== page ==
Welcome to this first Möbius Update post of 2022! I hope you have 2022 off to a great start already as we work to do the same here aboard the Good Ship Möbius. I am slowly warming up to getting back to weekly blog posts here so thanks very much for your patience in waiting for this first one of the new year. I’ve been warming up particularly well now that I have the in floor heating all working which I think may well be Captain Christine’s favorite feature so far.
And apparently she’s not the only one as Ruby & Barney have discovered how well the in floor heating heats up their little doggie beds.
With the weather getting colder since our return at the beginning of December from our 2 months back in Canada and the USA, I’ve been mostly working on getting all the Domestic Hot Water or DHW systems fully operational and all the various bugs worked out. I’ve received a number of questions about how our DHW system works and what components we have installed and a lot of interest in the in-floor heating system we’ve installed and that’s what Ill do my best to cover here in this week’s update.
Domestic Hot Water System
Our DHW system is pretty straight forward so let me cover that first.
There are just three basic components of the DHW System:
Kabola KB45 Ecoline Combi diesel fired water heater/boiler
IsoTemp 75L Calorifier
with 3 internal heat exchangers
Hot Water circulation Loop that runs around the circumference of the boat
The Kabola is the primary heating source for the whole DHW system as it is eXtremely efficient, quiet and very trouble free.
Ours is the “Combi” model which means that it has two separate heating loops inside. The primary loop heats up the water in the IsoTherm Calorifier which holds all the DHW for the boat and the other loop heats up the fluid going to the four air handlers which can heat the air in each cabin if needed.
This view of the back of the Kabola shows the primary boiler loop Supply/Return connections at #1 & #2 and then the secondary loop flows in/out of #5 & 6. The Primary loop has a built in circulation pump that constantly circulates the antifreeze/water fluid and a thermostat turns the burner on/off to keep the fluid at whatever temperature you set.
The secondary “Combi” loop has an external circulation pump that is part of the Webasto AirCon/Heating system.
I’ve removed the front of the burner to show you how the internal heat exchangers work. The large black tank you see on the Left contains all the antifreeze/water fluid and the diesel burner is inside the Grey tube on the Right.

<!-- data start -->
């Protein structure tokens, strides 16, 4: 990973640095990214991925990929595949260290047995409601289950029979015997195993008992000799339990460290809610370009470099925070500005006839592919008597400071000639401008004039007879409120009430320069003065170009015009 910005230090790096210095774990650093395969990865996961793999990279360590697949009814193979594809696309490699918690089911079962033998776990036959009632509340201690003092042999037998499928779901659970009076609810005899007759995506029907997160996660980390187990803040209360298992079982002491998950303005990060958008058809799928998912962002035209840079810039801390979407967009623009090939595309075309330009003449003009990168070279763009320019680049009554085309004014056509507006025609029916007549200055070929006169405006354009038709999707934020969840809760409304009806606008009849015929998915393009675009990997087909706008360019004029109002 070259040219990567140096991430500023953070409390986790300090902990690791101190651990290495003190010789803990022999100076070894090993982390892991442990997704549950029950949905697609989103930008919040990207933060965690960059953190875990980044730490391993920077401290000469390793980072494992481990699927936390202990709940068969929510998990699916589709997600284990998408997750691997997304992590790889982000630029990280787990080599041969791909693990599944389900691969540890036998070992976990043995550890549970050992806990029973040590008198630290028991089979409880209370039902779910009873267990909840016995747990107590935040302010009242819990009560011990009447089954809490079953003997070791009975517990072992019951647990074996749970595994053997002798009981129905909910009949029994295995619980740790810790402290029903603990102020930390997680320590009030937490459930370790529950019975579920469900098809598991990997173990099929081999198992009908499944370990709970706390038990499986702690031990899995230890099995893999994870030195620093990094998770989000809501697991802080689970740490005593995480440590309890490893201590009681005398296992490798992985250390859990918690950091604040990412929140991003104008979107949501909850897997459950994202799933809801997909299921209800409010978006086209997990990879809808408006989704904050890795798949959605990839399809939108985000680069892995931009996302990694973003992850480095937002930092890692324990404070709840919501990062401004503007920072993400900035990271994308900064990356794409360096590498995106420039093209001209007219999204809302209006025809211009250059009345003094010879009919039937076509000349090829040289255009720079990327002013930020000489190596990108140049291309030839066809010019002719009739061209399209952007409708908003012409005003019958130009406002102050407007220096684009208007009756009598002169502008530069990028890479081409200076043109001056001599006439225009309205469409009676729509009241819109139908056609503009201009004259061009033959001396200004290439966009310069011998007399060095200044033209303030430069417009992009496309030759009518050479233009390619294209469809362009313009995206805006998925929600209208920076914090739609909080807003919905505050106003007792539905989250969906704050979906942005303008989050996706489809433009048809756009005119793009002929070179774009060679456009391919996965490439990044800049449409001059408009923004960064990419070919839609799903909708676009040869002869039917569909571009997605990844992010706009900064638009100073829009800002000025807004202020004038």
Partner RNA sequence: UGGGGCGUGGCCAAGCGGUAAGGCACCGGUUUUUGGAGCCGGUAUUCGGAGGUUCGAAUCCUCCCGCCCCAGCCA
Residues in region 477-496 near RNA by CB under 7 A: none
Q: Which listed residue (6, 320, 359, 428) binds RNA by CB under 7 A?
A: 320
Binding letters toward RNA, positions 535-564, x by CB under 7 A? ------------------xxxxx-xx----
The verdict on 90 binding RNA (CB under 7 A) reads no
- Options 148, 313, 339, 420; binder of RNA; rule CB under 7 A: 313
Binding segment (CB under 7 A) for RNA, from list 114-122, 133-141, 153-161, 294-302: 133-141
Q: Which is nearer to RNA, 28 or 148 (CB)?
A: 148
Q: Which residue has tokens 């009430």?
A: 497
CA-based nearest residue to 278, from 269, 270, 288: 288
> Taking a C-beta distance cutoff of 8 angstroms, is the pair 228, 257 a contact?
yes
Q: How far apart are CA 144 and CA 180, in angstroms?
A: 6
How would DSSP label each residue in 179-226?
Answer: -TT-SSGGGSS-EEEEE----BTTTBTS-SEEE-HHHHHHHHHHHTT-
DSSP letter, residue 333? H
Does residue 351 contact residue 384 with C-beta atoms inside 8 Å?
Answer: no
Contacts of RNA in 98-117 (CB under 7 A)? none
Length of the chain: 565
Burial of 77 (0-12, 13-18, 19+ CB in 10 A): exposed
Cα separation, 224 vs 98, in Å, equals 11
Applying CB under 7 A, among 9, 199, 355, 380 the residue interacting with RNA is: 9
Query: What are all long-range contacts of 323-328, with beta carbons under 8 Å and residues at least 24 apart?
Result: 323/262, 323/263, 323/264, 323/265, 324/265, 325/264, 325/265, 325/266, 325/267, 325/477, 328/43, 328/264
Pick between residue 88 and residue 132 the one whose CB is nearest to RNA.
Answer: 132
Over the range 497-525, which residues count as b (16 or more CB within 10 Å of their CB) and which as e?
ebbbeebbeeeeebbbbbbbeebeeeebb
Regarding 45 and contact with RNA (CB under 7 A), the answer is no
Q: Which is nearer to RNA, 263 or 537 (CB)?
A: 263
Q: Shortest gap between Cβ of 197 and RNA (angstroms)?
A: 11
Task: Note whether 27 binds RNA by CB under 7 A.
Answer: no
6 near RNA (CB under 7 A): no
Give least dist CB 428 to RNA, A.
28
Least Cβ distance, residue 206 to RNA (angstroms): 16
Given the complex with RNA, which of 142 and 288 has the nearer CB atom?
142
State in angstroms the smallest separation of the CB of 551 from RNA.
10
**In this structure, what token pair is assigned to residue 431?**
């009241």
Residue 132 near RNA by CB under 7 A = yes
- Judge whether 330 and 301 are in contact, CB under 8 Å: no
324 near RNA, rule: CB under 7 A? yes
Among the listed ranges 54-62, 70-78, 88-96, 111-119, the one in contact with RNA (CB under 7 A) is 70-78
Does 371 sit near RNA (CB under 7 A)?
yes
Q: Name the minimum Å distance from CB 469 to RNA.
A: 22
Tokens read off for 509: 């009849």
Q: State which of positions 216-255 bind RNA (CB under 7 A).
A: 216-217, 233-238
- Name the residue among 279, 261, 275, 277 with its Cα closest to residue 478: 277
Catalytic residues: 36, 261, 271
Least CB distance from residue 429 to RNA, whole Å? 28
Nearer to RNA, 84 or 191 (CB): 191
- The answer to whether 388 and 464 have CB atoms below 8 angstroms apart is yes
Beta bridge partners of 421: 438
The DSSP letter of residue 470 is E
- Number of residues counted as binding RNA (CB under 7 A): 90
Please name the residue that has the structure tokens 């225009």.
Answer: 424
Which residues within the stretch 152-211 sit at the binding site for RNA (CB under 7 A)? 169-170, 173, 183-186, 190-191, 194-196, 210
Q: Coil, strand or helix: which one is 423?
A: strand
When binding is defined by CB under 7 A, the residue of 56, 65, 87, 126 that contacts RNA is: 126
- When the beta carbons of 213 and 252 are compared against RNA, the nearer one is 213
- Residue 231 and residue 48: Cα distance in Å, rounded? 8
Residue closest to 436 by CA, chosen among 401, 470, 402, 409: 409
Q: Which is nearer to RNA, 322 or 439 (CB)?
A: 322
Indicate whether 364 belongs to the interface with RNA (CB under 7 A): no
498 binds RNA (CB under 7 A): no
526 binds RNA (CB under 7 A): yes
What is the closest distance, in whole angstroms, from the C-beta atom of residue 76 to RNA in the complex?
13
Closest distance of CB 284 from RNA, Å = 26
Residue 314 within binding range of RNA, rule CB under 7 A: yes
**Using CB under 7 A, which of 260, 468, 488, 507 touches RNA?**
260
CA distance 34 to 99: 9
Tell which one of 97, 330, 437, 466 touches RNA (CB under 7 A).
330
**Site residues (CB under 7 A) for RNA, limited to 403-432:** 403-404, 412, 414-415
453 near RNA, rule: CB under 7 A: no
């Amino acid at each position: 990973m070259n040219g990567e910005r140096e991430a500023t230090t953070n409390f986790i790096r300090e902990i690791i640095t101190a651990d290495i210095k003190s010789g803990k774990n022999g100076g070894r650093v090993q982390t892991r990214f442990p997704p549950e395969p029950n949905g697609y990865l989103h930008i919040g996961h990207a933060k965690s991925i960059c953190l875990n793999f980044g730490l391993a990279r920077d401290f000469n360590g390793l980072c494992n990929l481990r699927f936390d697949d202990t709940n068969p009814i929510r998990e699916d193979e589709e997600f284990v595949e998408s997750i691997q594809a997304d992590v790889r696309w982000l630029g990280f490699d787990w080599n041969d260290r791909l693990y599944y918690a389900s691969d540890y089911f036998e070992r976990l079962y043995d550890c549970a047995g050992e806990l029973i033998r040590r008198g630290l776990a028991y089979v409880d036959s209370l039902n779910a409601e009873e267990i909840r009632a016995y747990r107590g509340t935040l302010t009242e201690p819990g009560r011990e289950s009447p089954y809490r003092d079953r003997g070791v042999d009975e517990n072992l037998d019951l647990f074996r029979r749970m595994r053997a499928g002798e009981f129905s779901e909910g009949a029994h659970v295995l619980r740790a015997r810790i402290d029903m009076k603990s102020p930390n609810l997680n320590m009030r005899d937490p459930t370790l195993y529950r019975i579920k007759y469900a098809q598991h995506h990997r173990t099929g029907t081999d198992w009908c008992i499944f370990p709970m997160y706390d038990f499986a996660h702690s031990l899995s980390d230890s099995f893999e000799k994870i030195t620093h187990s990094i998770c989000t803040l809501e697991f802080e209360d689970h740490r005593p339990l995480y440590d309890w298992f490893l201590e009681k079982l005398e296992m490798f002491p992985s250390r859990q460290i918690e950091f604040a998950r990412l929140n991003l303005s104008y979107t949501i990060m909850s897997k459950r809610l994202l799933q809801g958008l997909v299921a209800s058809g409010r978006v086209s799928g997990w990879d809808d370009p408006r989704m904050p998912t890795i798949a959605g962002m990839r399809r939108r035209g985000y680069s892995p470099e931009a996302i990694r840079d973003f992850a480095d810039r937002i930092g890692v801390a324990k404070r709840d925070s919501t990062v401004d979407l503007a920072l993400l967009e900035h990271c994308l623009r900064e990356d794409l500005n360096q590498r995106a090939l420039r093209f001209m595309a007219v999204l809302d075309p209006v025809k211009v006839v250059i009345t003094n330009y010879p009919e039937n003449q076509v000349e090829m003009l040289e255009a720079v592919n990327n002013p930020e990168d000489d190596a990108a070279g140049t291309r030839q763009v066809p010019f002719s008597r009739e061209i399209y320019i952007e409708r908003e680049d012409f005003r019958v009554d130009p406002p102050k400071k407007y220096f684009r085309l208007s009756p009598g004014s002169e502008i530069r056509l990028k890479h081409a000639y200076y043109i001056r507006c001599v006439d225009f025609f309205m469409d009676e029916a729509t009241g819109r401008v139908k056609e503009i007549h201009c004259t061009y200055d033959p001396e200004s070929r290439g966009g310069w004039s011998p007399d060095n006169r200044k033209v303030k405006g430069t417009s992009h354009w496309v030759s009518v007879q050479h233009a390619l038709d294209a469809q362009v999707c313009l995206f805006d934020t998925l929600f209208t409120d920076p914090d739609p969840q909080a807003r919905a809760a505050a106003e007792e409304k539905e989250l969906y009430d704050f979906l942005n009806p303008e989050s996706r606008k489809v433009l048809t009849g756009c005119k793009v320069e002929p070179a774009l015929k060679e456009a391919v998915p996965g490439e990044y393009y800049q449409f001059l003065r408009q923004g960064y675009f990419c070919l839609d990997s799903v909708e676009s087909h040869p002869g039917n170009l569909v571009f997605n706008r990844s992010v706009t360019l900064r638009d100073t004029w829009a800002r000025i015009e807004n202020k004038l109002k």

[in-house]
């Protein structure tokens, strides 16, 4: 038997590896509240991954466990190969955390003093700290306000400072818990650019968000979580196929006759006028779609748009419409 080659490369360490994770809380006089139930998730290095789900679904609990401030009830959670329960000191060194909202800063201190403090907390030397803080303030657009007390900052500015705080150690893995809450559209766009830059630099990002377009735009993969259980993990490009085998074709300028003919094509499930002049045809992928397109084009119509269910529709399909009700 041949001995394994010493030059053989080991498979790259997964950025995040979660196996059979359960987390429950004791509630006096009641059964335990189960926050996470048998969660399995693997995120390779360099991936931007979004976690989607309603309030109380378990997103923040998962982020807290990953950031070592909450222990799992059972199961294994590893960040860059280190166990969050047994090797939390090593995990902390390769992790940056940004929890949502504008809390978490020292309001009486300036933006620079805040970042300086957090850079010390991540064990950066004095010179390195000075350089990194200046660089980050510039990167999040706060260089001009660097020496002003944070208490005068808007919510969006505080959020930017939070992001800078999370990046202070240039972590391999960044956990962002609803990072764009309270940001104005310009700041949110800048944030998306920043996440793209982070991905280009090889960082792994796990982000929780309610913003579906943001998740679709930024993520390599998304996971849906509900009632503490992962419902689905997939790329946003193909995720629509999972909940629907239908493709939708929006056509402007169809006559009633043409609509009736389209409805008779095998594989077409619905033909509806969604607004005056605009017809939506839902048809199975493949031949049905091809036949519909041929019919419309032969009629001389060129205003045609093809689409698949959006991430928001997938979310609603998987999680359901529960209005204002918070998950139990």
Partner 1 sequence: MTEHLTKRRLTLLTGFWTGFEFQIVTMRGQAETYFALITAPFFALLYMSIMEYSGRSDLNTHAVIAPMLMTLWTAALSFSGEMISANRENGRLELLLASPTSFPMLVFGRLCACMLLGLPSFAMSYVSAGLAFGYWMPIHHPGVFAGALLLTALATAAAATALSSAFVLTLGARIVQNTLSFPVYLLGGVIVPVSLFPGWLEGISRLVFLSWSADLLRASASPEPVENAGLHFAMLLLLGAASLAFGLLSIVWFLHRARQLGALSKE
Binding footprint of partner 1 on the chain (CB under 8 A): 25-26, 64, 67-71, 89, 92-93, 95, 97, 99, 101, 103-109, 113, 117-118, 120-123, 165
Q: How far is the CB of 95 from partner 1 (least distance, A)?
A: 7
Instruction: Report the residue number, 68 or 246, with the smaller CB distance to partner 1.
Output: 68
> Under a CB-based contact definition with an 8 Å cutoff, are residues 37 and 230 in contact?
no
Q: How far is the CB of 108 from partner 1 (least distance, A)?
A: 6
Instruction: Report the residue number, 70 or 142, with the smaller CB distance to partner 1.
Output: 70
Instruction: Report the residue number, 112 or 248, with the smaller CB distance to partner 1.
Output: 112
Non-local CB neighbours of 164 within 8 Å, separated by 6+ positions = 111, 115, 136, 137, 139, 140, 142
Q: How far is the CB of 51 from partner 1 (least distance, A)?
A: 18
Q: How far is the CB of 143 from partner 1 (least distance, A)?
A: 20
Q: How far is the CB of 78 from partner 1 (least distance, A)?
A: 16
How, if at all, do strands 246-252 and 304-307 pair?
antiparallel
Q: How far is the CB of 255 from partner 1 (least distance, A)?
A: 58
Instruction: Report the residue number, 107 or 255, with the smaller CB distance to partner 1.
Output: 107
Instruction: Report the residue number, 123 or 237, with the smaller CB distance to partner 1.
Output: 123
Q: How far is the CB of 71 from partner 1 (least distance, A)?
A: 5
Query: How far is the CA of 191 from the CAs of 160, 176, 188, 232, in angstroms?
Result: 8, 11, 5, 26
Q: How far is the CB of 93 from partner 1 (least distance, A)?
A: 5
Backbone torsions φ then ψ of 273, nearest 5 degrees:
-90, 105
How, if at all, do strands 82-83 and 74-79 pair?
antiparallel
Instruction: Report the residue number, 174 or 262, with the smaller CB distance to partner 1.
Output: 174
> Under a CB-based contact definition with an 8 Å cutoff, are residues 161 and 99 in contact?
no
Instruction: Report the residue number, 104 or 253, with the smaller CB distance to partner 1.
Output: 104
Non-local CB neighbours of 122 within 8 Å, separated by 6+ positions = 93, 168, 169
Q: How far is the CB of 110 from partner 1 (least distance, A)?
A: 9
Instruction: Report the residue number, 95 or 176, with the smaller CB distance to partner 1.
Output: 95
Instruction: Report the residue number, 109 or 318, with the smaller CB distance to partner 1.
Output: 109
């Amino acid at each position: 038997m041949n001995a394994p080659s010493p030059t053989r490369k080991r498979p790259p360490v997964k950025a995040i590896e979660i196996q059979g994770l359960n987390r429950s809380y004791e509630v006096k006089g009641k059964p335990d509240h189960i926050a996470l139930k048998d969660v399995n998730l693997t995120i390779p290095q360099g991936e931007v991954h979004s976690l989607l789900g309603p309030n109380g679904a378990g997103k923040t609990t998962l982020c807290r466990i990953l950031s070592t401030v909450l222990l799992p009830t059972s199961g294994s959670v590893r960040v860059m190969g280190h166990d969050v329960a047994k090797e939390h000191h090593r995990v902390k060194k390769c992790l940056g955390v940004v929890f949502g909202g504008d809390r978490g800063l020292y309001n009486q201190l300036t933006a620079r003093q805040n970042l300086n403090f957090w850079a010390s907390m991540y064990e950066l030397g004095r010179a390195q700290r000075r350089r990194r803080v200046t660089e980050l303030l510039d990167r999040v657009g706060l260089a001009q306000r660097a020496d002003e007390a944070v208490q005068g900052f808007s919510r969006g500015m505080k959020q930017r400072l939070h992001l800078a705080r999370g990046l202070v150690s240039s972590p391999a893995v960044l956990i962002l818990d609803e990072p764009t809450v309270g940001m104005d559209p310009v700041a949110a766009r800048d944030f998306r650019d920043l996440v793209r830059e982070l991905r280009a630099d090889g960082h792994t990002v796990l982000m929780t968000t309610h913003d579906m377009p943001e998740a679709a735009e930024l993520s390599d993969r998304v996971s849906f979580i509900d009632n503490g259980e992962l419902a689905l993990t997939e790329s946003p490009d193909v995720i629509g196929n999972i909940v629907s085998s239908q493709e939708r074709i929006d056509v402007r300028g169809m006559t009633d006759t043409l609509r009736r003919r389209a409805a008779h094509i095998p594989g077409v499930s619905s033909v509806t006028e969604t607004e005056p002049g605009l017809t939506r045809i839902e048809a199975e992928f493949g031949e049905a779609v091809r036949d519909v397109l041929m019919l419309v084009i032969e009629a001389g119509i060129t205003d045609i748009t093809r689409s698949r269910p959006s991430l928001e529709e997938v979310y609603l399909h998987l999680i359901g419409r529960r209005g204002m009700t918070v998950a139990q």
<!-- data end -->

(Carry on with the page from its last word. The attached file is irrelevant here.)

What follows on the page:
The larger diameter tubes/holes on the top are the secondary loop and the larger number on the bottom are the primary heating loop.
The Kabola is super simple to operate, just turn it on, set the thermostat to be whatever degrees you want the internal fluid inside the boiler to maintain and then pretty much forget it. When the fluid temp goes down the burner automatically fires up, heats the water a bit past the set temp and then shuts off. Could not be simpler or more efficient.
Now let’s follow where the heated fluid as it leaves the Kabola and flows over to the heat exchanger loop inside the Calorifier.
This cutaway view shows how our IsoTherm Calorifier is similarly multi purposed with three different sources of heat to keep our DHW nice and hot. There are two loops of SS pipes on the bottom here, one which has the fluid from the Kabola flowing in/out of it and the other loop a similar antifreeze/water fluid flowing through from the Gardner engine’s “cooling” system. The top most loop is a 240V electric heating element that we can use if needed.
All SS construction and the outside never even gets warm so the heavy insulation has been working very well and the Kabola does not need to fire up very often to keep the water nice and hot all the time.
Turning the Calorifier above around and looking at the outside this sketch shows the three pairs of In/Out connections; one for the hot fluid from the Kabola, one for the hot fluid from the Gardner (when it is running) and then the Cold Fresh Water In and DHW Out.
The end of the Calorifier in the illustration above is under my hand and if you look closely (click to enlarge any photo) you can see a Yellow ring labelled “Engine Water” on the far Right and a White ring on the Left labelled “Kabola White” On the top Right the Red Label marks where the Hot Water comes out through the black wrapped insulated pipes which are split into one line going to the DHW loop and the other with the bottom Left Mixing Valve going to the In Floor Heating loops.
Closer view of the adjustable Mixing Valve which controls the temperature of the water going out to the In Floor Heating system which wants warm not Hot water, usually about 55C/131F whereas the DHW runs about 65C/150F.
To make sure there is always hot water ready to come out of each sink and shower, the DHW flows around the whole boat in a continuous loop of insulated pipe. In this schematic the DHW loop is on the Right hand side and the In/Out to the In Floor Heating is on the Left.